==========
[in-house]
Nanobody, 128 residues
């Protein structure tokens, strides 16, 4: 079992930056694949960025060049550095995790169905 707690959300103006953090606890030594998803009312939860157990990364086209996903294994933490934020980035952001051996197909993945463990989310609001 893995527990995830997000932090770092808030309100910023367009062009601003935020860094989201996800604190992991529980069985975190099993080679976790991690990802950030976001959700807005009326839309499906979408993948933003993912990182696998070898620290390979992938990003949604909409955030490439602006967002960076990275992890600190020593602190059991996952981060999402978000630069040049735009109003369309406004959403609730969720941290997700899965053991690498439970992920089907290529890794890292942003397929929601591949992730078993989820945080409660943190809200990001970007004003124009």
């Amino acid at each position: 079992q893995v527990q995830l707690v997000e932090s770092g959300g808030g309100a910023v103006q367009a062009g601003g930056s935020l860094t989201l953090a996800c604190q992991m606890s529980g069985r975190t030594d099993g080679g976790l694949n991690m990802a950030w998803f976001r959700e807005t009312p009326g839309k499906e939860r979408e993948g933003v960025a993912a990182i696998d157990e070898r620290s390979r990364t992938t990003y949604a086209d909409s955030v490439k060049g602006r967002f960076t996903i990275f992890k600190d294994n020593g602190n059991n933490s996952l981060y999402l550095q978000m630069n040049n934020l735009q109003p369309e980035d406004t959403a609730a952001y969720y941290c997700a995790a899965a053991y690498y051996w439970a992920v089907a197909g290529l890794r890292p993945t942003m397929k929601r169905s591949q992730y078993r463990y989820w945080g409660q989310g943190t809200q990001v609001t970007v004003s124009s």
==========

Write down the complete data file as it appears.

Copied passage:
[in-house]
Nanobody, 128 residues
């Protein structure tokens, strides 16, 4: 079992930056694949960025060049550095995790169905 707690959300103006953090606890030594998803009312939860157990990364086209996903294994933490934020980035952001051996197909993945463990989310609001 893995527990995830997000932090770092808030309100910023367009062009601003935020860094989201996800604190992991529980069985975190099993080679976790991690990802950030976001959700807005009326839309499906979408993948933003993912990182696998070898620290390979992938990003949604909409955030490439602006967002960076990275992890600190020593602190059991996952981060999402978000630069040049735009109003369309406004959403609730969720941290997700899965053991690498439970992920089907290529890794890292942003397929929601591949992730078993989820945080409660943190809200990001970007004003124009």
């Amino acid at each position: 079992q893995v527990q995830l707690v997000e932090s770092g959300g808030g309100a910023v103006q367009a062009g601003g930056s935020l860094t989201l953090a996800c604190q992991m606890s529980g069985r975190t030594d099993g080679g976790l694949n991690m990802a950030w998803f976001r959700e807005t009312p009326g839309k499906e939860r979408e993948g933003v960025a993912a990182i696998d157990e070898r620290s390979r990364t992938t990003y949604a086209d909409s955030v490439k060049g602006r967002f960076t996903i990275f992890k600190d294994n020593g602190n059991n933490s996952l981060y999402l550095q978000m630069n040049n934020l735009q109003p369309e980035d406004t959403a609730a952001y969720y941290c997700a995790a899965a053991y690498y051996w439970a992920v089907a197909g290529l890794r890292p993945t942003m397929k929601r169905s591949q992730y078993r463990y989820w945080g409660q989310g943190t809200q990001v609001t970007v004003s124009s």